ABSTRACT  A steel mill extrudes steel billets at temperatures above 1400 °C continuously 24 hours a day. The steel billets then go to cooling beds where they slowly cool down to below 1100 °C. JX Crystals Inc makes Gallium Antimonide (GaSb) thermophotoyoltaic (TPV) cells that can generate over 1 W/cm when exposed to infrared radiant energy from glowing steel at temperatures above 1100 °C. There is a great opportunity to integrate GaSb TPV receivers into steel mill operations to generate electricity economically utilizing this now wasted radiant energy.
In a recent visit to a steel mill in China producing 10 million MetricTons (MT) of steel a year, the operators of the mill told us that they have 2000 in' of glowing steel in process continuously. At 1 W per cm', this equates to the potential to produce 20 MW of electricity for that steel mill. In 2012, the world steel production was 1,548 million MT. So, the world wide potential for TPV electricity production could be 3.1 GW.
At what cost will TPV be affordable? This application has two advantages over solar PV. The first is the high power density, a factor of 100 over solar PV modules, translating to a potential cost advantage. The second distinct advantage over solar PV is the 24 hours of operation since the sun is only available on average for 8 hours per day. One can estimate the potential value of a TPV plant from the potential annual revenues. Assuming electricity at 8 cents per kWh, 1 kW of TPV electric power capacity will produce 8765x0.08 = S700 dollars per year. This implies a 3 year payback at S2.1 per W. Cost is a function of volume but should come down to below SI.5 per W at volumes above 1 MW.
Index Terms — Cogeneration, GaSb, Photovoltaic Cell, SteelMill, Thermophotovoltaics, TPV.
I. Introduction
The melting temperature of steel depends on the type of steel. Carbon steel has a melting point of 1425 degrees C to 1540 degrees C while stainless steel has a melting point of 1510 degrees C. A black body at 1400 K (1127 C) emits 3.4 W/cm2 of infrared (IR) radiant energy at wavelengths equal or less than 1.8 microns and the JX Crystals Inc GaSb infrared sensitive thermophotovoltaic cells [1. 2] can convert 30% of this radiant energy into electric power. This means that at least 1 W/ciu' of electric power could be generated from the now wasted radiant energy in a steel mill. In a recent visit to a steel mill in Xuan Gong China, we were told that they have 2000 nr of glowing steel at temperatures above 1127 C in process 24 hours per day and 7 days a week. See figure 1. At 1 W/cm'. this means that it is potentially possible to generate 20 MW of electricity with TPV at this steel mill alone.
A recent visit to a steel mill in China provided an interesting perspective. That steel mill produces 10 million MetricTons (MT) of steel a year. A typical billet has a square cross section of 16 cm x 16 cm and a length of 5.6 m and weighs 1 MT. This equates to 1.250 billets in process every hour. If TPV converter circuit arrays are placed along the two 15 cm x 5.6 m faces adjacent to each of these billets, the area of these TPV arrays would be 1.250 x 0.15 x 2 x 5.6 = 2100 m2. This calculation is consistent with the input from the operator of the mill.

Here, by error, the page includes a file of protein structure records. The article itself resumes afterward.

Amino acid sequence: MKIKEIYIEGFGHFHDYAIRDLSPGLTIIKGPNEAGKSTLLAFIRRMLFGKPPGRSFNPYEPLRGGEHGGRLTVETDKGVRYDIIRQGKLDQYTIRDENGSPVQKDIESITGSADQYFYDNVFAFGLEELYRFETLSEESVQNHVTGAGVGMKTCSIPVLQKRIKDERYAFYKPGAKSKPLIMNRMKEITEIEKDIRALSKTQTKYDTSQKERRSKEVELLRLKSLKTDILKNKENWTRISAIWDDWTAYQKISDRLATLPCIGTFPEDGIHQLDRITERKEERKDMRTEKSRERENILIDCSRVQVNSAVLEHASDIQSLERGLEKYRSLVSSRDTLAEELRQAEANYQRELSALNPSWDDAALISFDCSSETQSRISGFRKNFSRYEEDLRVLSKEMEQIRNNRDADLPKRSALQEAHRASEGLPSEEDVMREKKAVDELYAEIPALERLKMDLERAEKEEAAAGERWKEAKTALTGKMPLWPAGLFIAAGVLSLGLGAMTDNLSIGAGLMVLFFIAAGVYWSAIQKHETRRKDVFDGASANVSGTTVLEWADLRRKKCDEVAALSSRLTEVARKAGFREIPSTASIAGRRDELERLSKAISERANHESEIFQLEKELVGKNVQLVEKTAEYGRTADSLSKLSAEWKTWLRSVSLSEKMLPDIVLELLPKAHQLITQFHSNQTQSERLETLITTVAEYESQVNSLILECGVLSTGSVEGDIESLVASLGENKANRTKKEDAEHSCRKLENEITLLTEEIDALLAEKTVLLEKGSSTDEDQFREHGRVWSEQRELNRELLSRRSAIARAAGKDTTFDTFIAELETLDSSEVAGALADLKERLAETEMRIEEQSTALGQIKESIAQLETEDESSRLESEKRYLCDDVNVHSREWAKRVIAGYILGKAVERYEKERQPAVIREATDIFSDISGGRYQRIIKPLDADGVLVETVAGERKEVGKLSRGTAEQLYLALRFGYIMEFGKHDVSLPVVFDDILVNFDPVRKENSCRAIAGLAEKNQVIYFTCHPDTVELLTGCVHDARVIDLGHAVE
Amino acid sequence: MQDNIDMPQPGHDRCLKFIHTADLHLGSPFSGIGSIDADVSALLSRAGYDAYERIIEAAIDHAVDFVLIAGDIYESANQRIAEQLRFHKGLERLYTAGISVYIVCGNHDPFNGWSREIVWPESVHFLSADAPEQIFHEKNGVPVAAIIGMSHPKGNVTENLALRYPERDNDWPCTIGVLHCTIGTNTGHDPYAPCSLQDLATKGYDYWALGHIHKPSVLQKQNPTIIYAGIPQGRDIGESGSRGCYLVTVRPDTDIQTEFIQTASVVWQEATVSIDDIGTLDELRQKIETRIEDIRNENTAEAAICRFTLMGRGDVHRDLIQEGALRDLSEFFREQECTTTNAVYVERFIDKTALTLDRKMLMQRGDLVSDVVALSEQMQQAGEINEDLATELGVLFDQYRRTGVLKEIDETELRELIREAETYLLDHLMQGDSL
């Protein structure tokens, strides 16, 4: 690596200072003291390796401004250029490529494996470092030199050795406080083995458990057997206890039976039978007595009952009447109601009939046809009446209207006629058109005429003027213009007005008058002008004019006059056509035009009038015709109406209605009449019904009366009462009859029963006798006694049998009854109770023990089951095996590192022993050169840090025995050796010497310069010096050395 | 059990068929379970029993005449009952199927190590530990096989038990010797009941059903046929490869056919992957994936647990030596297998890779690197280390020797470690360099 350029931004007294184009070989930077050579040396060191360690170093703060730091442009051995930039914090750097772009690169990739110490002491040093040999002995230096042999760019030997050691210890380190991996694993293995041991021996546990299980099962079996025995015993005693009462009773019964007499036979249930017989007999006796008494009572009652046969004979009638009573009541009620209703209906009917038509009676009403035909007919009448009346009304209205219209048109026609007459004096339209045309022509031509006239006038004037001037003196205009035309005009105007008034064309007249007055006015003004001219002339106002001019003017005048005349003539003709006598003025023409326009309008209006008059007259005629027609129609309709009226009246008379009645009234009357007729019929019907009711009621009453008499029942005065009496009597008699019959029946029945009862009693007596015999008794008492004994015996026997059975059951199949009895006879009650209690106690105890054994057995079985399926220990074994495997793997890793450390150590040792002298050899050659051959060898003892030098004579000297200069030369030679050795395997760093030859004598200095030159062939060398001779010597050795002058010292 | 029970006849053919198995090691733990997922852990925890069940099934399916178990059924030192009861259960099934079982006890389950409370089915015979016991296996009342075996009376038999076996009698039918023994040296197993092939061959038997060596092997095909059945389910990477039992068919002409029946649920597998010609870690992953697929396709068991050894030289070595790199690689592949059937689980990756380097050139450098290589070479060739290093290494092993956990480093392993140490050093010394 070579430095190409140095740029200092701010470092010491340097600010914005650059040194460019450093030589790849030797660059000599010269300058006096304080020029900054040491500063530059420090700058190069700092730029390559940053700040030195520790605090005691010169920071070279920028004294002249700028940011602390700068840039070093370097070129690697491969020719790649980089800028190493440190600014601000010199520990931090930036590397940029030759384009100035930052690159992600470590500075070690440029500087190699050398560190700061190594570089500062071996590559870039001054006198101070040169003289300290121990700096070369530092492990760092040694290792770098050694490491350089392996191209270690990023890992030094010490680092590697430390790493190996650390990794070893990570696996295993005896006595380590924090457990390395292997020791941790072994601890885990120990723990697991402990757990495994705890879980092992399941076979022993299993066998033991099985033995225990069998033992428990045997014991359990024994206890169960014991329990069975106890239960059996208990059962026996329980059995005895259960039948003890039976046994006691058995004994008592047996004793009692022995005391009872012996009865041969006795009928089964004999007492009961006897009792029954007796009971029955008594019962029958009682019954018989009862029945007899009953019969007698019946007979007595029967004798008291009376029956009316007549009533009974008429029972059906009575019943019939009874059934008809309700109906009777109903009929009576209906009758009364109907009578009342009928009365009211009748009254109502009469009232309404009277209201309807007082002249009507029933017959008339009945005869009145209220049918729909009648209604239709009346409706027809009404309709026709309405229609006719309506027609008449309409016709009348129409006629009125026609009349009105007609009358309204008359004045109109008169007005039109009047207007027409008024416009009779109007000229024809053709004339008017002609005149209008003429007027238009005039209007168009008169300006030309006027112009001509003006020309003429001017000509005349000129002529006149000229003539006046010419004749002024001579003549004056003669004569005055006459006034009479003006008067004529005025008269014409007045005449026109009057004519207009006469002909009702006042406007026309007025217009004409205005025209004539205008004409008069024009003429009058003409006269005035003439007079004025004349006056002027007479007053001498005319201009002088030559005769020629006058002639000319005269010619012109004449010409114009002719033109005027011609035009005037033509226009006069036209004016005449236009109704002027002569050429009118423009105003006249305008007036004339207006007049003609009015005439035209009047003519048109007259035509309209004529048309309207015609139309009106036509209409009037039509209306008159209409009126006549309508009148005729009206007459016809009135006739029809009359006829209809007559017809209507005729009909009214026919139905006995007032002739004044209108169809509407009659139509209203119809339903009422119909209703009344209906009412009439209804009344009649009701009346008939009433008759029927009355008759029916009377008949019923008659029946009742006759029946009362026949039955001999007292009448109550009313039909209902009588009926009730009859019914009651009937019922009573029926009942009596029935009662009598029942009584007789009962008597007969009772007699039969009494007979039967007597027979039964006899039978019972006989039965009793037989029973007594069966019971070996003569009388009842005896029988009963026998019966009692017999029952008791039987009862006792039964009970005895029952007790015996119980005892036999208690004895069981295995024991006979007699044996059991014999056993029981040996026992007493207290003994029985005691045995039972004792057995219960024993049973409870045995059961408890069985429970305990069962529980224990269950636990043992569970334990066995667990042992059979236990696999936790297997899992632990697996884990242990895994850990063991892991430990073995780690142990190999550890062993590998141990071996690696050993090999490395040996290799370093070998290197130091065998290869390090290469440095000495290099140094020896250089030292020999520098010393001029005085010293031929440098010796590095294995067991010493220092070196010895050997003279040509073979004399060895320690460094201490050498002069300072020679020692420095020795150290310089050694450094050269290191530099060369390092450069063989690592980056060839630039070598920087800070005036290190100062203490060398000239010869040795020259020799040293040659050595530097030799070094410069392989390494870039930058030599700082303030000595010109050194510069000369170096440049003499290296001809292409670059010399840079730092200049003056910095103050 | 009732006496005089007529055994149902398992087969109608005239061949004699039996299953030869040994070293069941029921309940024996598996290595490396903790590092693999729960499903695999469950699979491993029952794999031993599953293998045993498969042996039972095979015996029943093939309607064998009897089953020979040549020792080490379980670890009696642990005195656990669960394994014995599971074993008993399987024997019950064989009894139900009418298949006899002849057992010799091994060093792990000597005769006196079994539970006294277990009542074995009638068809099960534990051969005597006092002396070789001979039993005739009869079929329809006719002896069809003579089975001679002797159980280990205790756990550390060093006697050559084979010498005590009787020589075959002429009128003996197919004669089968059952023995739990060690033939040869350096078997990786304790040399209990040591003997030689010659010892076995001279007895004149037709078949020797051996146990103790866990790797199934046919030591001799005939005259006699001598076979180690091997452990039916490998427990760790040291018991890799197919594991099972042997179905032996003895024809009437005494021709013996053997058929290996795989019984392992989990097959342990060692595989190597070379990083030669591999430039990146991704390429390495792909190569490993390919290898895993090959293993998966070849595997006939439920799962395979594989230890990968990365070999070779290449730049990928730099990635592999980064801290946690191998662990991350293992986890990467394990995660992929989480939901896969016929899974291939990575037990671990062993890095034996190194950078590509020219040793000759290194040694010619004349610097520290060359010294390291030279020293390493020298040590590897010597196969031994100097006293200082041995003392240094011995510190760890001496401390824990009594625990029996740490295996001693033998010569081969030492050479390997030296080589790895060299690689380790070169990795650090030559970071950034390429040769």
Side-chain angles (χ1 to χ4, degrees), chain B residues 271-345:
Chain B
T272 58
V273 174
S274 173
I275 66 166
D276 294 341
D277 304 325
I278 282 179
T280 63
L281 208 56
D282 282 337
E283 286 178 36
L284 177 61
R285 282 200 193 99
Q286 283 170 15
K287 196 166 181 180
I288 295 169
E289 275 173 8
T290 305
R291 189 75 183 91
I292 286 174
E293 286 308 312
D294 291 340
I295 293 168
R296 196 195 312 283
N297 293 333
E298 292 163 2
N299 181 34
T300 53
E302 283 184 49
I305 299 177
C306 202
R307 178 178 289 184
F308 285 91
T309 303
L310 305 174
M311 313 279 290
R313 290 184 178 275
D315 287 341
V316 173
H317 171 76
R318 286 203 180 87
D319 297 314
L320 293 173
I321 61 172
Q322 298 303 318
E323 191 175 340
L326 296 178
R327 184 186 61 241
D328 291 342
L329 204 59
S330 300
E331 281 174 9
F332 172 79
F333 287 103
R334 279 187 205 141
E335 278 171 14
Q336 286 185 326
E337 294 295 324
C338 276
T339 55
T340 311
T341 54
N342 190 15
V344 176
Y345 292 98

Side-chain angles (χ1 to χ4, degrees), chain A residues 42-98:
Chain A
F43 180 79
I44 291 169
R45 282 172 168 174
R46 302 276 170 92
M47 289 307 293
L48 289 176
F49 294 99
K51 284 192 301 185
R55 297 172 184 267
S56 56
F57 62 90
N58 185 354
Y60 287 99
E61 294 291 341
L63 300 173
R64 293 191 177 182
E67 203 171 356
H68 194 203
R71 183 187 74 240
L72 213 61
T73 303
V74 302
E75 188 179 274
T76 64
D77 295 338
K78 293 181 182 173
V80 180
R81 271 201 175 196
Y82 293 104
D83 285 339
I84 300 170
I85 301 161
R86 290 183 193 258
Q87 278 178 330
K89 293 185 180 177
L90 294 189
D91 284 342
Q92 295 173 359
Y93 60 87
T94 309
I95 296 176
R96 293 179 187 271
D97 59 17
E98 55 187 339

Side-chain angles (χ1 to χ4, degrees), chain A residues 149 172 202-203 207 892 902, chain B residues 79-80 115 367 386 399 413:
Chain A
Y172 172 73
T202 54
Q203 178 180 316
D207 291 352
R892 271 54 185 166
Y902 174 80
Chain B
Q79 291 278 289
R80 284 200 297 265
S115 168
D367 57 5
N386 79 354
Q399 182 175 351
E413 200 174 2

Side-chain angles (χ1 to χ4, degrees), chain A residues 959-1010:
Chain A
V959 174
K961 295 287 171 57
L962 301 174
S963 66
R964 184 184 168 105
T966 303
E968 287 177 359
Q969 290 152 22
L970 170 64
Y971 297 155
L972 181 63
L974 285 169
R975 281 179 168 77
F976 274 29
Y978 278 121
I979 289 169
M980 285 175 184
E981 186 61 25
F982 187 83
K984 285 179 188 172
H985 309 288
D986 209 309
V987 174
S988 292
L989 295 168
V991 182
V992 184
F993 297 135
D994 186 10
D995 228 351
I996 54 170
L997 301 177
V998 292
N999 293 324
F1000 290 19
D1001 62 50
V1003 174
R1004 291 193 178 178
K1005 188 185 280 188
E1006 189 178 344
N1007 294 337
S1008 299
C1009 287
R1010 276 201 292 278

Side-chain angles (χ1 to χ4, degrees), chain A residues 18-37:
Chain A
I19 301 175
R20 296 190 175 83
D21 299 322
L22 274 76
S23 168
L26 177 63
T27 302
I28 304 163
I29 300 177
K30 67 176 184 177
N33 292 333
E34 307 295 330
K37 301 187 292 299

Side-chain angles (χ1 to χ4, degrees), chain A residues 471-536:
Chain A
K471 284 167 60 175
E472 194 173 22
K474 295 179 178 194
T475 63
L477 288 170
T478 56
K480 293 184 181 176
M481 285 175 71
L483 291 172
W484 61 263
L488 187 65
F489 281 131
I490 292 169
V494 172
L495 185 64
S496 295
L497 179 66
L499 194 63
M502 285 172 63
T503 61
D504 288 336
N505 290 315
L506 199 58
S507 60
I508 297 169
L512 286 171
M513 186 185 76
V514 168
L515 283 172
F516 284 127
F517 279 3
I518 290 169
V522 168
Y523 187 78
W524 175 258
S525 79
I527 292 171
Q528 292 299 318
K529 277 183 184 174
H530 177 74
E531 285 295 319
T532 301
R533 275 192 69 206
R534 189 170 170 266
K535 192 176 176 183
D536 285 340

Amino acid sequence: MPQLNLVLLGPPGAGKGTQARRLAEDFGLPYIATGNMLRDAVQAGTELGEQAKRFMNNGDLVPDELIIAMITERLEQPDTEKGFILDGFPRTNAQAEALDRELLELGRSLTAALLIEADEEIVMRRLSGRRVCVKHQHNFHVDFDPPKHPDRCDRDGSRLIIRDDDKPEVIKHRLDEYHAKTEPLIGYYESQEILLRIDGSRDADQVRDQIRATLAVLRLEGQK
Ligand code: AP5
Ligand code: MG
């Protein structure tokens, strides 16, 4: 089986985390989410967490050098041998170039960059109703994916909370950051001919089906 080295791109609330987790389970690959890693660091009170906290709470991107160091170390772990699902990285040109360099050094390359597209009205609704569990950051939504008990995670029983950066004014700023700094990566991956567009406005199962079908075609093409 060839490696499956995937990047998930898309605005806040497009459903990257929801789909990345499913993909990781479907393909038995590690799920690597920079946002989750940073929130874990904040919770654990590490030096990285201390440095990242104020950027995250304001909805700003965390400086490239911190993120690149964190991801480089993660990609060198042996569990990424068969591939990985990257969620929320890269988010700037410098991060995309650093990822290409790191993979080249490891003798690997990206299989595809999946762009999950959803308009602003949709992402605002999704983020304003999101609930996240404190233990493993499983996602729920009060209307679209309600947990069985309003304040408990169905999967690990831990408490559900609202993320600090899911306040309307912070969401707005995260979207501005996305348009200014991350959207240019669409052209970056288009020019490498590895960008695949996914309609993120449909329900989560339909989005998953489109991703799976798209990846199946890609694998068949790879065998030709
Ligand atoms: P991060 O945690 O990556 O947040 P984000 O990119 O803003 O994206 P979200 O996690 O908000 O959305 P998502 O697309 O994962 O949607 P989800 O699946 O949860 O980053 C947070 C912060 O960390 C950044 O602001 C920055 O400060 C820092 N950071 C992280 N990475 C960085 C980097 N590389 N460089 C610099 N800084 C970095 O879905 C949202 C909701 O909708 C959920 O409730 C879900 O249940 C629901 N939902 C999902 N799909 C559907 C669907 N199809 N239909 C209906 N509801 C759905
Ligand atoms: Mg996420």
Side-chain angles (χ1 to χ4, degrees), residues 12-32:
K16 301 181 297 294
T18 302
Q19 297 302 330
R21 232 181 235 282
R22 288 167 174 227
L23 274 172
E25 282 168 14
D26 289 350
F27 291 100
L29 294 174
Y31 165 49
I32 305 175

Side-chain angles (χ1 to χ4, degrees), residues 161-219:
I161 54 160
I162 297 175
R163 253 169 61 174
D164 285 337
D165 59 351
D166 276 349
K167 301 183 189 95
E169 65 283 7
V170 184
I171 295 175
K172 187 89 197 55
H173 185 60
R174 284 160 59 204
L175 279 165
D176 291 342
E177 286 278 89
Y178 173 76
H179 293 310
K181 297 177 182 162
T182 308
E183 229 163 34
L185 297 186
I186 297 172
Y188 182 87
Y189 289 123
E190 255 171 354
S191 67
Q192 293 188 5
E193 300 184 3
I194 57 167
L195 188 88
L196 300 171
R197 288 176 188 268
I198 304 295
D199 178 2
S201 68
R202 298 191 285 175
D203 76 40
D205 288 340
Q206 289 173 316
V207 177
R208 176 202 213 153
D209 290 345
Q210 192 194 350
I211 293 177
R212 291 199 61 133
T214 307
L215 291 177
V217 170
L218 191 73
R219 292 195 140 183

One can now extrapolate to world wide TPV electric power production potential from the steel industry. In 2012, the world steel production was 1,548 million MT [3]. So, the world wide potential for electricity production could be 3.1 GW. In theory, one could double this number by utilizing all four facets from the billet. Furthermore, if one notes that each billet of steel gets heated to melting twice during production, once for casting and a second time for shaping, the potential TPV electric power production could then approach 10 GW.
Next, one might ask, at what cost will TPV be affordable? The fact that this potential TPV electric power facility would operate for 24 hours per day is a distinct advantage over solar PV where the sun is only available on average for 8 hours per day. One can estimate the potential value of a TPV plant from the potential annual revenues. Assuming the value of electricity to be 8 cents per kWh and noting that there are 365cx24 = 8760 hours per year, 1 kW of TPV electric power capacity will produce 8765x0.08 = S700 dollars per year. If one asks for a 3 year payback, the TPV power plant might be worth S2100/kW or $2.1 per W. Figure 2 shows an estimate of the cost of GaSb TPV circuits [4]. As is shown, the costs are a function of volume but will come down to affordable levels at volumes above 1 MW.
Economic Potential for Thermophotovoltaic Electric Power Generation in the Steel Industry

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